I didn’t really have any close friends or family on the course for various reasons so that was playing on my mind a bit, but I had girls from my running club both in the race and as spectators so at least I would have some support. At about mile 4 though I saw my cousin Daisy which was a lovely surprise, she was there supporting her partner that was running. But it was a real boost.

Jenni Falconer interviewing another athlete
Jenni Falconer interviewing another athlete

Channel 4 had recruited me as one of the runners they would be following for their coverage of the race. This had involved an afternoon of filming last weekend on Brighton Pier on the hottest day of the year so far. I had also been interviewed first thing in the VIP area by Jenni Falconer who funnily enough knows me via twitter. It helped settle my nerves to some extent but I also knew they would be looking out for me on the course and just hoped they wouldn’t want to talk to me. In the early stages of the run they did catch up with me but luckily it was only visuals they were after.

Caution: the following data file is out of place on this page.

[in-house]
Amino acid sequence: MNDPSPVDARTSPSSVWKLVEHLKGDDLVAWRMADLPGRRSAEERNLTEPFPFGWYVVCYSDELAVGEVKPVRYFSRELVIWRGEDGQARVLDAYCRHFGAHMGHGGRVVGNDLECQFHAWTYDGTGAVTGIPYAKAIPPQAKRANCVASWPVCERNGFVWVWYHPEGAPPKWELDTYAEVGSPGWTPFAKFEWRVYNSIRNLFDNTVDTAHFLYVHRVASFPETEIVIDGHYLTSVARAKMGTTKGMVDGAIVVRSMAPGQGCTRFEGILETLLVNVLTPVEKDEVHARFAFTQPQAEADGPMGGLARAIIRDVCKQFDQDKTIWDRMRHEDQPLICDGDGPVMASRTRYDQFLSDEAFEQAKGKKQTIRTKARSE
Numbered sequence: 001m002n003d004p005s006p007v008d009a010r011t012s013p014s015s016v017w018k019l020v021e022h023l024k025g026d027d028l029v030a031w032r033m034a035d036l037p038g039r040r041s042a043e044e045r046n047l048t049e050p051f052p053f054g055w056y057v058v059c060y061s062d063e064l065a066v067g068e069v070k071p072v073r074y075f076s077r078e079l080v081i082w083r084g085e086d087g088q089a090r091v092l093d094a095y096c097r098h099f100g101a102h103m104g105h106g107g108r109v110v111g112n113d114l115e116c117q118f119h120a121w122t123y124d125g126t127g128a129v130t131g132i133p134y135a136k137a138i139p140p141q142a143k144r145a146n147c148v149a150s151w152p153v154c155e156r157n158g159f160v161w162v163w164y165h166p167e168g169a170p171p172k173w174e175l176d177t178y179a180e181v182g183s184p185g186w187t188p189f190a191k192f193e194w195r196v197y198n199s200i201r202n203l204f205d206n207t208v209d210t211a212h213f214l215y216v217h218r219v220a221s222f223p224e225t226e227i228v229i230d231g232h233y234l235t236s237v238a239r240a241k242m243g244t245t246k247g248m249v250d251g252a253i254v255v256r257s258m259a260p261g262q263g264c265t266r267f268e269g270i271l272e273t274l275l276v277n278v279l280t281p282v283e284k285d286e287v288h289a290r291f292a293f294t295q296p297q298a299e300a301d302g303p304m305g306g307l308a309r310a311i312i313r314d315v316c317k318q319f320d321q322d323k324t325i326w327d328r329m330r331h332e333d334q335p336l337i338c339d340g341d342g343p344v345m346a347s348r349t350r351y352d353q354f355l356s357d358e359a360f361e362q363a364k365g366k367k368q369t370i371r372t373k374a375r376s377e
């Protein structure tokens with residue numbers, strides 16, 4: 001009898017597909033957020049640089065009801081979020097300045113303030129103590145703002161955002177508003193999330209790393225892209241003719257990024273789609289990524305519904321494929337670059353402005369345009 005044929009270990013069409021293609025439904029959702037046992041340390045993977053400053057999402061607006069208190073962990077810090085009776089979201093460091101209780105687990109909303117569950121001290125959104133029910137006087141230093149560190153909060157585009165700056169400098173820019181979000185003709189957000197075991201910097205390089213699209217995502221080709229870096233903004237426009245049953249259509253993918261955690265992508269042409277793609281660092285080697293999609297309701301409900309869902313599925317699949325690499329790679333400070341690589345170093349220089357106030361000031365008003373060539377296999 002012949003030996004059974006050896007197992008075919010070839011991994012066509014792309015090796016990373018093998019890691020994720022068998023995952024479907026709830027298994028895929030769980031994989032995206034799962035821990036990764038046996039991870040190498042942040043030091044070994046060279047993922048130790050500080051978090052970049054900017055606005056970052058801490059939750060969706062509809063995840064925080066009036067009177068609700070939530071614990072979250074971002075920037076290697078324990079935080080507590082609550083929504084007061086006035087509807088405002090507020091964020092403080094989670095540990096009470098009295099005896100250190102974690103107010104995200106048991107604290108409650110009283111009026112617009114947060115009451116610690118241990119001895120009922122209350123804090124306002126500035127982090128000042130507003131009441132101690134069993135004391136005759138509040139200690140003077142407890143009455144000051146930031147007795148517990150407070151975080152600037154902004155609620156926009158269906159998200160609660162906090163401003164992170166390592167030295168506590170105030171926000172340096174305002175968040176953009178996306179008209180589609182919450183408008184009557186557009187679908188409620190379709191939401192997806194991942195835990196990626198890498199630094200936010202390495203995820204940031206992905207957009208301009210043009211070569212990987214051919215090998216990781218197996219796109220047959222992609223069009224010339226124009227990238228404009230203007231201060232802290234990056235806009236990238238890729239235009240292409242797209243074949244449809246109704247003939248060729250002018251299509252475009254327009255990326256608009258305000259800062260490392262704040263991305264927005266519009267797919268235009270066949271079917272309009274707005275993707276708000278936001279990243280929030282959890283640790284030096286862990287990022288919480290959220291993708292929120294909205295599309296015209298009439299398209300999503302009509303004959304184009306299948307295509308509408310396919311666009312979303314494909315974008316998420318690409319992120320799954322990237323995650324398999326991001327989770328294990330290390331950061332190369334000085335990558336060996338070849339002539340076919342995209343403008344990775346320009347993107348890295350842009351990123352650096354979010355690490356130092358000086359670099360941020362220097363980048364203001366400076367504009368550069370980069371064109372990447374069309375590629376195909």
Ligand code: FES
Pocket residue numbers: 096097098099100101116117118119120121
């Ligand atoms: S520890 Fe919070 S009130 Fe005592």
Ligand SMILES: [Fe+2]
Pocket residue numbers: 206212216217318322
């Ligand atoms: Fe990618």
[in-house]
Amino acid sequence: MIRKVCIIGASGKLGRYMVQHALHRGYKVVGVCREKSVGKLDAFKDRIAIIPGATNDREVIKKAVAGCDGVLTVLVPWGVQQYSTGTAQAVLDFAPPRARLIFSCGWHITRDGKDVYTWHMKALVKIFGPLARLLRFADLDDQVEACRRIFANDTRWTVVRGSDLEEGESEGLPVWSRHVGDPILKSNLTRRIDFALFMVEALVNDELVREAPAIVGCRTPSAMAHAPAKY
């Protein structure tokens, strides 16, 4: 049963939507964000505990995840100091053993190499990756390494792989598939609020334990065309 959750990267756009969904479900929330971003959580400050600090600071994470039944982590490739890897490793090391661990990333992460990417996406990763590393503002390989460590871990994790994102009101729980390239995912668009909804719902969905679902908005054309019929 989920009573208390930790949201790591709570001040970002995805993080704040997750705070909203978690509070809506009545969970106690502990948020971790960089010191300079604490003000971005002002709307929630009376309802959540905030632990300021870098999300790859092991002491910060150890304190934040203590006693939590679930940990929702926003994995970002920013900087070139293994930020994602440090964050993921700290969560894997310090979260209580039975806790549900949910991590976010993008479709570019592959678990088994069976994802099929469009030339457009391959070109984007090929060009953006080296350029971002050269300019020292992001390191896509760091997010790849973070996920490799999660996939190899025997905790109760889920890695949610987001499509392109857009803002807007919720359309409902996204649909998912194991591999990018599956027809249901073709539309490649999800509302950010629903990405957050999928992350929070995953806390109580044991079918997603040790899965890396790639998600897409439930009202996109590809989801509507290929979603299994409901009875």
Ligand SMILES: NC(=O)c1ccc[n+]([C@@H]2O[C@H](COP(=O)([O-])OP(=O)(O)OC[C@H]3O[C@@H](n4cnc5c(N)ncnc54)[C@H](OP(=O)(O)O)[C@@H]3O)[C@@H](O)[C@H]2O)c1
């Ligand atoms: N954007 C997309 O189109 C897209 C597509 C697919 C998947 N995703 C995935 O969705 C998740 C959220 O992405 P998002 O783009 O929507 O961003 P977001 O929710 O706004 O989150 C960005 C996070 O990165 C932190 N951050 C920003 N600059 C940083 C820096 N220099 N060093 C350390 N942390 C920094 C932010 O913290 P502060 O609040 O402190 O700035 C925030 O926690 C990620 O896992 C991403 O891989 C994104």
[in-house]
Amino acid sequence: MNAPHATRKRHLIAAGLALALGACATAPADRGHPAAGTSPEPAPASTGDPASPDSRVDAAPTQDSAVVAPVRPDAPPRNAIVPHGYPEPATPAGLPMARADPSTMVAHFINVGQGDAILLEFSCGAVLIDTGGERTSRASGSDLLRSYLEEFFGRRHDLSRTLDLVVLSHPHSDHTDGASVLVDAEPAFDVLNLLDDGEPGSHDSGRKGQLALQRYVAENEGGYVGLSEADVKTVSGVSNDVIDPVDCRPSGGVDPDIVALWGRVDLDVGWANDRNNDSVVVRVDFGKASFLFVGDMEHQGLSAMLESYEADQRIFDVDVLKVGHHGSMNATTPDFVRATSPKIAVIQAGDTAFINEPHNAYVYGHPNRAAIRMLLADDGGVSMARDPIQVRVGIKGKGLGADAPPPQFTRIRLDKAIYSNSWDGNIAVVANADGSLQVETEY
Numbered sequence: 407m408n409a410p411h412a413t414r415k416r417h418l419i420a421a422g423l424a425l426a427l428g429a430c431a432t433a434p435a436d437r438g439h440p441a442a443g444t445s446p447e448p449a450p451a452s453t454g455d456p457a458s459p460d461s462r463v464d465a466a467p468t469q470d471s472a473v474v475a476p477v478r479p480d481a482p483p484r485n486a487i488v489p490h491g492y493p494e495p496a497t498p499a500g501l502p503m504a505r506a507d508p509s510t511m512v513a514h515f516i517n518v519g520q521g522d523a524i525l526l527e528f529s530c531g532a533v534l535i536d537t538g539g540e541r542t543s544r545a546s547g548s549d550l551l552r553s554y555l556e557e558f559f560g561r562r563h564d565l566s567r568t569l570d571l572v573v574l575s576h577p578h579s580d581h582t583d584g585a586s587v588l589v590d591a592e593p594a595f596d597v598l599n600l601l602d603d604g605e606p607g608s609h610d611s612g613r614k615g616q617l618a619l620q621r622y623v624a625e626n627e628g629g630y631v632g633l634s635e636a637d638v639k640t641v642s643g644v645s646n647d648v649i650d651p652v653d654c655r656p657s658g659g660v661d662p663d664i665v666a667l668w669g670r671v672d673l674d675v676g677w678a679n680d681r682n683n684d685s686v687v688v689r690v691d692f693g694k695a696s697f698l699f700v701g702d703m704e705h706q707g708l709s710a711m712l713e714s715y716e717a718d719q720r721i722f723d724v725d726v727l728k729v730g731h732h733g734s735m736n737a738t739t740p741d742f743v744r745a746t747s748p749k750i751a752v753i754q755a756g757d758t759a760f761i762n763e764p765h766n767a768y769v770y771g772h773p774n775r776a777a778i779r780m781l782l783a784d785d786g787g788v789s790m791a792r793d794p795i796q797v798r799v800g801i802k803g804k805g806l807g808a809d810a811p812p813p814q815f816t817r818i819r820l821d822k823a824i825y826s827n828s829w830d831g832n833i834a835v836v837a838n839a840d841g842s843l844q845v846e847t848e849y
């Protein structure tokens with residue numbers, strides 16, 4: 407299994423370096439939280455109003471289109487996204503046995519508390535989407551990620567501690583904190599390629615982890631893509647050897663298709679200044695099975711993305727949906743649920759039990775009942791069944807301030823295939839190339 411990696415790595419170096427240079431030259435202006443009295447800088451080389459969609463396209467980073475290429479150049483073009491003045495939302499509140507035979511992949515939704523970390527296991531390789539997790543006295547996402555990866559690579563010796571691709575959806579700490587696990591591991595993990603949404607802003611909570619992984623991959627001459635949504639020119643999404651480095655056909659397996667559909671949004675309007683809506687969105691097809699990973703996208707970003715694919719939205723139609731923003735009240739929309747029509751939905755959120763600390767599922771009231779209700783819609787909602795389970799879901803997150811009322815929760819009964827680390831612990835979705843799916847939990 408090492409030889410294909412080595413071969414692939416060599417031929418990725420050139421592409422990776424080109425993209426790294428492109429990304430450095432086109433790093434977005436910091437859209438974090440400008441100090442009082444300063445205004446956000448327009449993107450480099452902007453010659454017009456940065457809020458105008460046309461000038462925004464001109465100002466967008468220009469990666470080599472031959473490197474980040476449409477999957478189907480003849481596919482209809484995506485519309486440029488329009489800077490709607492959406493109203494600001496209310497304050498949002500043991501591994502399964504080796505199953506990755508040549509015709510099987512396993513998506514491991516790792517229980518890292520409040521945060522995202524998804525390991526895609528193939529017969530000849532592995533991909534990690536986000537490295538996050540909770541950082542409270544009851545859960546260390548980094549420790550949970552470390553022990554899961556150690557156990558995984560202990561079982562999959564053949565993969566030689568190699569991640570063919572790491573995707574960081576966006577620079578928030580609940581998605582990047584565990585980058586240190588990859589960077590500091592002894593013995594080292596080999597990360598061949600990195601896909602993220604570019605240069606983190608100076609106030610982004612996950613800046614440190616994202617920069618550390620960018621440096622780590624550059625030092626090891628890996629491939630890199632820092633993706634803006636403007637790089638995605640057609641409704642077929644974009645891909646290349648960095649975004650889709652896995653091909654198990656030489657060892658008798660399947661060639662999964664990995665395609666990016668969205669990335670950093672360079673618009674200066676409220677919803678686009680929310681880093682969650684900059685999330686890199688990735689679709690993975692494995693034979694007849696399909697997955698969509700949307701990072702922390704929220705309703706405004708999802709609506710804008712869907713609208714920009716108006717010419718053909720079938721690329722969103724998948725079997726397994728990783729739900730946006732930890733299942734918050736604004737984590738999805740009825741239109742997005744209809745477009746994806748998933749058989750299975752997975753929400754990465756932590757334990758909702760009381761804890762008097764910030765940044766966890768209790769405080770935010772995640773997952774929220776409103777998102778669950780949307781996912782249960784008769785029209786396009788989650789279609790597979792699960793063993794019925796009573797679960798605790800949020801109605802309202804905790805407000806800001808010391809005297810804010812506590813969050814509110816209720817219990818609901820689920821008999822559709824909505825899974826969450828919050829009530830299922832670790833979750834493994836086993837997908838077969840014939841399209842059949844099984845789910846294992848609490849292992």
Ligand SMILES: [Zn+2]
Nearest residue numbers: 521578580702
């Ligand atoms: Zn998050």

It wasn’t long before we had hit the seafront and I was going strong. I had taken on a gel and a couple of paracetamal to take the edge of the pain that was getting worse with every mile. At about mile 7 I bumped into a couple of ladies from the Run Mummy Run online group I am part of and I ran with them for a short while, but I couldn’t keep up and fell back a bit. Along the seafront we could see the faster runners on their way back which was great because I got to see my East London Runners colleagues who were flying around the course.

By about mile 8 I was surprised at how many people were walking. I know that sounds a bit rich coming from me who has often walked sections of long races, but mile 8 seemed incredibly early to be walking and it was in such huge numbers by runners who were younger, and slimmer than me.